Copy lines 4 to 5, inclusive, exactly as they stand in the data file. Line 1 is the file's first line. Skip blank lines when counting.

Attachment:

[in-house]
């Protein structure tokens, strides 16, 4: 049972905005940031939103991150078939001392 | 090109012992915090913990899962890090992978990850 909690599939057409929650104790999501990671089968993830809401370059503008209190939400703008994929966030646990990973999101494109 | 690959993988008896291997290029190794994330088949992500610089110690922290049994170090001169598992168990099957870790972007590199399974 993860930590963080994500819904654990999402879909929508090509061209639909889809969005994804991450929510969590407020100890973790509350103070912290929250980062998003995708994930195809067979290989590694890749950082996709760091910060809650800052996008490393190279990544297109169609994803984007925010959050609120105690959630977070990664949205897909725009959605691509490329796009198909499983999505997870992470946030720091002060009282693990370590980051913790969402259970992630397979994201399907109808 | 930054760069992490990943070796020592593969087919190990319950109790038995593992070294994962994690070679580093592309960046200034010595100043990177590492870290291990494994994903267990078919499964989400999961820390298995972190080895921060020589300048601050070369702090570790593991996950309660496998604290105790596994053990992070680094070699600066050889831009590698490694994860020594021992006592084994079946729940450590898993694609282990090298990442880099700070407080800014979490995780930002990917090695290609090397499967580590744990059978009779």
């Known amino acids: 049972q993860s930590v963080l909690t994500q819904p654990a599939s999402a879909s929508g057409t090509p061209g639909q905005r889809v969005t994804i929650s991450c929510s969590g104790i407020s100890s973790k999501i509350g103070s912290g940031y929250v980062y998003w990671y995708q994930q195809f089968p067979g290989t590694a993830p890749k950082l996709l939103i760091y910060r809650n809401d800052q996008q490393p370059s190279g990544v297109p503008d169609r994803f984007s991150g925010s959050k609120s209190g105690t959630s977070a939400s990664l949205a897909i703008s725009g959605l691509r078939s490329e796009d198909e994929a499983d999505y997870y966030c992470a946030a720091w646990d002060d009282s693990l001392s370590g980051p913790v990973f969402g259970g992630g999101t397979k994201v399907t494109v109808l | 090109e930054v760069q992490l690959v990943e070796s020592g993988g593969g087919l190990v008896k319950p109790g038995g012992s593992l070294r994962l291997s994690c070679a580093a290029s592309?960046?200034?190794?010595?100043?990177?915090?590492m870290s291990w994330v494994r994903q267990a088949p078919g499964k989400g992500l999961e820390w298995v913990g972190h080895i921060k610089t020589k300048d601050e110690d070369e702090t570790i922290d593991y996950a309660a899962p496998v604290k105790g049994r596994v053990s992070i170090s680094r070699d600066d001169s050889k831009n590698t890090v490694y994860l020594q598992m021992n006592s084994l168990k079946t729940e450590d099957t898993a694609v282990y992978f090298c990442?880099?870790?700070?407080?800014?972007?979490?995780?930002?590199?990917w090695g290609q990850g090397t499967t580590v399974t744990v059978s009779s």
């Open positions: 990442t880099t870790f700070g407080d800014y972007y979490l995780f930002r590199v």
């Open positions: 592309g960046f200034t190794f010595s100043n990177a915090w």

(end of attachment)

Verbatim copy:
């Open positions: 990442t880099t870790f700070g407080d800014y972007y979490l995780f930002r590199v």
């Open positions: 592309g960046f200034t190794f010595s100043n990177a915090w």